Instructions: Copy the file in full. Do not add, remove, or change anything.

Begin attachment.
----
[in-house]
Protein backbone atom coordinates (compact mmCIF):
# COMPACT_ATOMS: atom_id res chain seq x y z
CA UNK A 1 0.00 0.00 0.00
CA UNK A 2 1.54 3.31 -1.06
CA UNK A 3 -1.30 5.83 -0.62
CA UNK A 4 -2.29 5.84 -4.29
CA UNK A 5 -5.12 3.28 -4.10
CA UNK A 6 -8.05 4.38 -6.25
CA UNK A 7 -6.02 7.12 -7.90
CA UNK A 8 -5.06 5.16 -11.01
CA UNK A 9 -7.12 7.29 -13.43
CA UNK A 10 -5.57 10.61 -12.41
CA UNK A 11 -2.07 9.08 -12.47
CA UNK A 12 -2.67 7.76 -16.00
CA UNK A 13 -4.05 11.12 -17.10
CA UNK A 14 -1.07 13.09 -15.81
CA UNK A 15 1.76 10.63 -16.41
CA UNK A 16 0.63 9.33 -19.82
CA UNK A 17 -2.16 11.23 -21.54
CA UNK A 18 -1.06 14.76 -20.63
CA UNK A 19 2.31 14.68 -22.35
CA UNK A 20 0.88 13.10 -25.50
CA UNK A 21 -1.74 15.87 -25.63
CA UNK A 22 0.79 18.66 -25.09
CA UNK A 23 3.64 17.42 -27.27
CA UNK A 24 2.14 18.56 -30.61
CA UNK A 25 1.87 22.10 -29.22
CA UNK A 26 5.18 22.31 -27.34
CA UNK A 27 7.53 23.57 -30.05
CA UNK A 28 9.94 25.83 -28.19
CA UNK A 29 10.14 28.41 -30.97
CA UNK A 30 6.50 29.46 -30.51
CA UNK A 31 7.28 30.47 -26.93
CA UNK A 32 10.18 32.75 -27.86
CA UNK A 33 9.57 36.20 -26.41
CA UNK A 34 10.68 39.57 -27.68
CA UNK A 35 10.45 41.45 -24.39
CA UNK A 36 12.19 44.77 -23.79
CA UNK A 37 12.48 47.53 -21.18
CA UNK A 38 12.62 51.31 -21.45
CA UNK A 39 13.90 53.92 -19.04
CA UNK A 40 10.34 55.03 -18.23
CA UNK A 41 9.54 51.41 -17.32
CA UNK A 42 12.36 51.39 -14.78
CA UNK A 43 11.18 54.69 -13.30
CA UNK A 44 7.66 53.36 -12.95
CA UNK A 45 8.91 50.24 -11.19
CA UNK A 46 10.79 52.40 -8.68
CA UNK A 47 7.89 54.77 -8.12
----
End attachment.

[in-house]
Protein backbone atom coordinates (compact mmCIF):
# COMPACT_ATOMS: atom_id res chain seq x y z
CA UNK A 1 0.00 0.00 0.00
CA UNK A 2 1.54 3.31 -1.06
CA UNK A 3 -1.30 5.83 -0.62
CA UNK A 4 -2.29 5.84 -4.29
CA UNK A 5 -5.12 3.28 -4.10
CA UNK A 6 -8.05 4.38 -6.25
CA UNK A 7 -6.02 7.12 -7.90
CA UNK A 8 -5.06 5.16 -11.01
CA UNK A 9 -7.12 7.29 -13.43
CA UNK A 10 -5.57 10.61 -12.41
CA UNK A 11 -2.07 9.08 -12.47
CA UNK A 12 -2.67 7.76 -16.00
CA UNK A 13 -4.05 11.12 -17.10
CA UNK A 14 -1.07 13.09 -15.81
CA UNK A 15 1.76 10.63 -16.41
CA UNK A 16 0.63 9.33 -19.82
CA UNK A 17 -2.16 11.23 -21.54
CA UNK A 18 -1.06 14.76 -20.63
CA UNK A 19 2.31 14.68 -22.35
CA UNK A 20 0.88 13.10 -25.50
CA UNK A 21 -1.74 15.87 -25.63
CA UNK A 22 0.79 18.66 -25.09
CA UNK A 23 3.64 17.42 -27.27
CA UNK A 24 2.14 18.56 -30.61
CA UNK A 25 1.87 22.10 -29.22
CA UNK A 26 5.18 22.31 -27.34
CA UNK A 27 7.53 23.57 -30.05
CA UNK A 28 9.94 25.83 -28.19
CA UNK A 29 10.14 28.41 -30.97
CA UNK A 30 6.50 29.46 -30.51
CA UNK A 31 7.28 30.47 -26.93
CA UNK A 32 10.18 32.75 -27.86
CA UNK A 33 9.57 36.20 -26.41
CA UNK A 34 10.68 39.57 -27.68
CA UNK A 35 10.45 41.45 -24.39
CA UNK A 36 12.19 44.77 -23.79
CA UNK A 37 12.48 47.53 -21.18
CA UNK A 38 12.62 51.31 -21.45
CA UNK A 39 13.90 53.92 -19.04
CA UNK A 40 10.34 55.03 -18.23
CA UNK A 41 9.54 51.41 -17.32
CA UNK A 42 12.36 51.39 -14.78
CA UNK A 43 11.18 54.69 -13.30
CA UNK A 44 7.66 53.36 -12.95
CA UNK A 45 8.91 50.24 -11.19
CA UNK A 46 10.79 52.40 -8.68
CA UNK A 47 7.89 54.77 -8.12